• Huh. So lsusb provides idVendor:idProduct in its output (per example rules file), but that same information is referred to as ID_VENDOR_ID and ID_MODEL_ID in the output of udevadm info --query=all /device/path. The naming inconsistency is confusing. Are model and product considered different info?
    – sherrellbc
    Commented Aug 4, 2021 at 18:11

This isn't directly about your question but about what you're doing. If you start a backup script from udev you will face two main issues :

  1. Your script might be started before the device is ready and can be mounted, you have to keep the KERNEL=="sd*" condition if you want to use the /dev node to mount it
  2. More important, if your script takes some time to execute (which can easily be the case with a backup script) it will be killed shortly after it is started (about 5s)
  3. You will face many complicated user permission issues

My advice is to create a script in your user home which listens to a named pipe and which will be started asynchronously like :



  #your backup here

trap "rm -f $PIPE" EXIT

#If the pipe doesn't exist, create it
if [[ ! -p $PIPE ]]; then
    mkfifo $PIPE

#If the disk is already plugged on startup, do a syn
if [[ -e "$REMOTE_PATH" ]]

#Make the permanent loop to watch the usb connection
while true
    if read line <$PIPE; then
        #Test the message read from the fifo
        if [[ "$line" == "connected" ]]
            #The usb has been plugged, wait for disk to be mounted by KDE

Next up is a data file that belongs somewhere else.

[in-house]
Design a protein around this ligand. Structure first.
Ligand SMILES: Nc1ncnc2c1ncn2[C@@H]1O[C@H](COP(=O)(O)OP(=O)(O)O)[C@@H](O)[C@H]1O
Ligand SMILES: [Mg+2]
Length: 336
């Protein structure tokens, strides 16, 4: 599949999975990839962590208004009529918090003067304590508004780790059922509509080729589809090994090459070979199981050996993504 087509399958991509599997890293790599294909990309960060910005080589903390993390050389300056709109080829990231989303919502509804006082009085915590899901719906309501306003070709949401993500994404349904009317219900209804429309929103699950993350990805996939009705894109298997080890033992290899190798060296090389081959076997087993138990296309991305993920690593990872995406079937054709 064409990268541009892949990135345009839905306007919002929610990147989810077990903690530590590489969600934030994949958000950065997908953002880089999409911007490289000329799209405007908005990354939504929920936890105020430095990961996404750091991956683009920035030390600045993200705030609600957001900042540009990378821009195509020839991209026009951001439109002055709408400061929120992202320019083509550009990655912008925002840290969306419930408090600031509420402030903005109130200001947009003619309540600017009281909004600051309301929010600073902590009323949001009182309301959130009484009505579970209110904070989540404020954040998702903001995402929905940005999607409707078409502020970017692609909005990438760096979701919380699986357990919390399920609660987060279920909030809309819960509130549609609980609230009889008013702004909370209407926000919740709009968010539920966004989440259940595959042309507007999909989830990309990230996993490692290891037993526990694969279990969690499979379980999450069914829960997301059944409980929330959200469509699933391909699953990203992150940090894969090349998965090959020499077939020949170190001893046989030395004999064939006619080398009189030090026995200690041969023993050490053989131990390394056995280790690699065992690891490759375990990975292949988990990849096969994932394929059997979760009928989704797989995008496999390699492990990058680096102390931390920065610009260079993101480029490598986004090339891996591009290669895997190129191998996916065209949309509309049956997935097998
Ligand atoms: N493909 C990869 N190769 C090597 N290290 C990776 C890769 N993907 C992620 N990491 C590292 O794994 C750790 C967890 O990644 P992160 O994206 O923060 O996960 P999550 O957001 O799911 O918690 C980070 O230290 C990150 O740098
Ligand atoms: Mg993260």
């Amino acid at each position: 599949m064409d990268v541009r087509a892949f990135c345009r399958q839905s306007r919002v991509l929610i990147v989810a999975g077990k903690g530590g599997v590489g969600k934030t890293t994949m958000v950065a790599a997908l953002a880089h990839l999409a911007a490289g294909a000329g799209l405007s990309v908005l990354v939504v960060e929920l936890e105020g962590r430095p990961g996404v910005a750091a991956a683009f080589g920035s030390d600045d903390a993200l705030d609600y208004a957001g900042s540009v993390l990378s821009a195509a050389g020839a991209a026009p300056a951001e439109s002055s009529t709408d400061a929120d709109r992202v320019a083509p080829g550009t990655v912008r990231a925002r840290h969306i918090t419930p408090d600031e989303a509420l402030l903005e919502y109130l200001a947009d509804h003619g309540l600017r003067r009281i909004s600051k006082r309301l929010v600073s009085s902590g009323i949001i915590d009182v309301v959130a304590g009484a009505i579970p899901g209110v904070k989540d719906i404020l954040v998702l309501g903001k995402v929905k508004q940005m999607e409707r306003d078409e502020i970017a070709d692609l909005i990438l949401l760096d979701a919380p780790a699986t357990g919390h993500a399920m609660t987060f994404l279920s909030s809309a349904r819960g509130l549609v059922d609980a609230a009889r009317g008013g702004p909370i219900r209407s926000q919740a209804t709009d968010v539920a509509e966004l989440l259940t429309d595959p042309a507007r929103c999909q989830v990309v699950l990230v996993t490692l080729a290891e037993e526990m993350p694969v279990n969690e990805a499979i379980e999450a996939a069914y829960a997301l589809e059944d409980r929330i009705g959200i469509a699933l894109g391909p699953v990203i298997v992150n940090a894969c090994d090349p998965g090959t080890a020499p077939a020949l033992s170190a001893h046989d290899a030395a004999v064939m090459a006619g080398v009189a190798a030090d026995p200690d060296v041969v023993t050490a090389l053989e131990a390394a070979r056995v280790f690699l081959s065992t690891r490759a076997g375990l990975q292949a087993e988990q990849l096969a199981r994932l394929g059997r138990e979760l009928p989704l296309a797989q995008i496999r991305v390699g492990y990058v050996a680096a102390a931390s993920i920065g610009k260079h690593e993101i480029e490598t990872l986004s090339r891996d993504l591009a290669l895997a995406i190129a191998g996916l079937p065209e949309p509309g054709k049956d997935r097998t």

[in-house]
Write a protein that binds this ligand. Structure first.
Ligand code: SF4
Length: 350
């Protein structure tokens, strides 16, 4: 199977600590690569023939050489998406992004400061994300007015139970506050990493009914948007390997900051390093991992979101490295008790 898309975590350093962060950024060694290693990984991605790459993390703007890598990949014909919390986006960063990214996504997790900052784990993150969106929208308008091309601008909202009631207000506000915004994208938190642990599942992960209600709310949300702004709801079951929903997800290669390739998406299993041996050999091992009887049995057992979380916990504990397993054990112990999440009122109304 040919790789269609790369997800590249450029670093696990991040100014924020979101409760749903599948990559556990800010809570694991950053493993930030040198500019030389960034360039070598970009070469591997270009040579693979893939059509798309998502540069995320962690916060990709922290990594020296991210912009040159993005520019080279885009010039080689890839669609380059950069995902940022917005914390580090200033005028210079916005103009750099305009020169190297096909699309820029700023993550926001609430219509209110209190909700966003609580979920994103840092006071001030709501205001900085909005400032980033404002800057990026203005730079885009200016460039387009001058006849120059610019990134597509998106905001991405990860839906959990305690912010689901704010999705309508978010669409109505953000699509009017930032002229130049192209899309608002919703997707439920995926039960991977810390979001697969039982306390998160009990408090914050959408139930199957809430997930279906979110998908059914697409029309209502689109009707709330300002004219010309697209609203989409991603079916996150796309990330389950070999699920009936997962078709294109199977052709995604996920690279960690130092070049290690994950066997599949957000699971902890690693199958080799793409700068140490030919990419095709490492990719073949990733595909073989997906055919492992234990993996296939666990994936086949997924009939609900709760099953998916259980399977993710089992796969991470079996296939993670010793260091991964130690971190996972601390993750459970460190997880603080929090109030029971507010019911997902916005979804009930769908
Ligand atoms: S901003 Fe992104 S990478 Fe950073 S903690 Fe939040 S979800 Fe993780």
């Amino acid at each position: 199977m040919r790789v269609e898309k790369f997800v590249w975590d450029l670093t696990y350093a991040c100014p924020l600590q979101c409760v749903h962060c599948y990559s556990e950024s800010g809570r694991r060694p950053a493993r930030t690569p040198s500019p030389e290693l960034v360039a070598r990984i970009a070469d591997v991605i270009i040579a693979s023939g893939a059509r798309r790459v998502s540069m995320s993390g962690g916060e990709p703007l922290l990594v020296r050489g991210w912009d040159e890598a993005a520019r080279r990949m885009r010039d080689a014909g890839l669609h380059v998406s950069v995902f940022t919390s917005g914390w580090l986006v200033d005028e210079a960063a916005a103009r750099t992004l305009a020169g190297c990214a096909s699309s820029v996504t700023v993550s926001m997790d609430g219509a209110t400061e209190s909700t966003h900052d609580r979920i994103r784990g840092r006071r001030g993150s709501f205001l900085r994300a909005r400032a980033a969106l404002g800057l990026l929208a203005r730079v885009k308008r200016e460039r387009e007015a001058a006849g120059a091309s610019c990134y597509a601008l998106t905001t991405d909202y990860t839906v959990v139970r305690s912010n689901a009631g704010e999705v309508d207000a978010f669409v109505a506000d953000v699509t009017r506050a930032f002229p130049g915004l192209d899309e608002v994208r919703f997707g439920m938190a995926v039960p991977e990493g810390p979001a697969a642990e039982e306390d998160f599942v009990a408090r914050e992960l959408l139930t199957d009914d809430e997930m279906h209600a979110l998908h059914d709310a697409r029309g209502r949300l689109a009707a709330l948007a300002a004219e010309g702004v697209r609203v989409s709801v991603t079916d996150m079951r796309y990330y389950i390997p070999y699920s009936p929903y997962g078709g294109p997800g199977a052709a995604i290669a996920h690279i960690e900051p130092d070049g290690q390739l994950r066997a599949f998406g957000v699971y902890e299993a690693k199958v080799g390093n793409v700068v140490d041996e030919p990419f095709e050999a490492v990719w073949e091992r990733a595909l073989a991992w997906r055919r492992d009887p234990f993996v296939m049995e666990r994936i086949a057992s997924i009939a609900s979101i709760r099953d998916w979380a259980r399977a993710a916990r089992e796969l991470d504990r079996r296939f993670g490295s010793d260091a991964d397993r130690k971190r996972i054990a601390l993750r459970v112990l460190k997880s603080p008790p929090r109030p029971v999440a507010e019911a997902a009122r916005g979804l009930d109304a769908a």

while [[ ! -e "$REMOTE_PATH" ]]
                sleep 1
            echo "Unhandled message from fifo : [$line]"
echo "Reader exiting"

Note : I use auto-mount with kde so I check for the folder to appear. You can pass the /dev/sd* parameter in the fifo from the udev rule and mount it yourself in the script. To write to the fifo don't forget that udev is not a shell and that redirection doesn't work. Your RUN should be like :

RUN+="/bin/sh -c '/bin/echo connected >> /tmp/IomegaUsbPipe'"

  • Great use of named pipes here. I was wondering you could also just create an arbitrary file in tmp and look for it as well instead of a named pipe, correct?
    – james-see
    Commented Oct 27, 2018 at 1:52
  • 2
    @jamescampbell The pipe allows you to do a read which blocks until something is written to the pipe. You use 0 CPU cycles during that read which is way better than checking for the existance of a file which would require a sleep (i.e. a polling solution) and the detection could happen seconds later if you use a long sleep. Commented Feb 26, 2021 at 19:01
  • @AlexisWilke thank you that is super useful to know why that pipe is better
    – james-see
    Commented Feb 26, 2021 at 19:31
  • With disks automounting, code like while [[ ! -e "$REMOTE_PATH" ]]; do sleep 1 seems to use 0 CPU as well. Since just waiting for the path works. are there still good reasons to use a pipe?
    – Al F
    Commented Apr 12, 2022 at 8:32